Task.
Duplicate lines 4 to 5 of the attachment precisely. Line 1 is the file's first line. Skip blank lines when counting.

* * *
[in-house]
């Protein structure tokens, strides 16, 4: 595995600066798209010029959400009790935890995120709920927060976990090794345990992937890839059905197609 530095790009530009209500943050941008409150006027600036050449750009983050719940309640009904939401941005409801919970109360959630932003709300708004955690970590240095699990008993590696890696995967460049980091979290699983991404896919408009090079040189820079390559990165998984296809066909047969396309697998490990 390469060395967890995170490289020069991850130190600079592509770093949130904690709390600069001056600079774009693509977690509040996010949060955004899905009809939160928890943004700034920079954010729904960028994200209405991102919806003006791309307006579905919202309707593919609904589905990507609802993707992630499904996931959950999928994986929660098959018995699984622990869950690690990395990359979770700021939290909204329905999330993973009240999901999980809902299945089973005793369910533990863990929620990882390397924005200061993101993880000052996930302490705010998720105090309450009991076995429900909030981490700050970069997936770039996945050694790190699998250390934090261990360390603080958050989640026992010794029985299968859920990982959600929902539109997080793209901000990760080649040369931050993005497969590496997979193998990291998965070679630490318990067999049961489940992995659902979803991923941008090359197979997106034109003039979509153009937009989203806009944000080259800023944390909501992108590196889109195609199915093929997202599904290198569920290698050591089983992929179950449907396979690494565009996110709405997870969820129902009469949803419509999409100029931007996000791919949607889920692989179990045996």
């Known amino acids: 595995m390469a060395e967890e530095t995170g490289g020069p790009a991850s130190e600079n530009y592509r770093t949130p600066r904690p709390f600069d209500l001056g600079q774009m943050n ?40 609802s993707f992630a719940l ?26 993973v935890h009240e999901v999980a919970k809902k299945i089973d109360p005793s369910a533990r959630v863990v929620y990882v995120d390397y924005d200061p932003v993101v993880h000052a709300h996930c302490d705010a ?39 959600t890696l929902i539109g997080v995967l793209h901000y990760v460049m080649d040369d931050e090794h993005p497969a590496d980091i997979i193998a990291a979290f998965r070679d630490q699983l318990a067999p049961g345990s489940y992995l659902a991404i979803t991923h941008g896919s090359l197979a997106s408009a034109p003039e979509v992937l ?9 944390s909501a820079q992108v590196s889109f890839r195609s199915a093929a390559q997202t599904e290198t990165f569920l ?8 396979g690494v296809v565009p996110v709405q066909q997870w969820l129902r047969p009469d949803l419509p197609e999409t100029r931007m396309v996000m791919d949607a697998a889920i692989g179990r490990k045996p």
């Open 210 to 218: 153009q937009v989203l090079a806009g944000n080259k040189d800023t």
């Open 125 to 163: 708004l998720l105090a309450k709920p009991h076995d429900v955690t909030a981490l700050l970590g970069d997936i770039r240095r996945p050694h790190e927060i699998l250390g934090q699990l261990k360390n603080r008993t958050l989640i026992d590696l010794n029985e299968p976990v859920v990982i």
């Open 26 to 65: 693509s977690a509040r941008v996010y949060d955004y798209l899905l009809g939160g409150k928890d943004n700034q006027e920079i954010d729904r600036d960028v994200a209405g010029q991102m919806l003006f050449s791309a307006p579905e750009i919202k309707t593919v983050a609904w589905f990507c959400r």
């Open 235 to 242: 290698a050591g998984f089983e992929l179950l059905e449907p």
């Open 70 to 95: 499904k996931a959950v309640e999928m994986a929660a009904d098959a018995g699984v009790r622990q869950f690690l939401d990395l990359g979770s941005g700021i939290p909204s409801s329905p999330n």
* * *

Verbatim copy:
């Open 210 to 218: 153009q937009v989203l090079a806009g944000n080259k040189d800023t």
């Open 125 to 163: 708004l998720l105090a309450k709920p009991h076995d429900v955690t909030a981490l700050l970590g970069d997936i770039r240095r996945p050694h790190e927060i699998l250390g934090q699990l261990k360390n603080r008993t958050l989640i026992d590696l010794n029985e299968p976990v859920v990982i």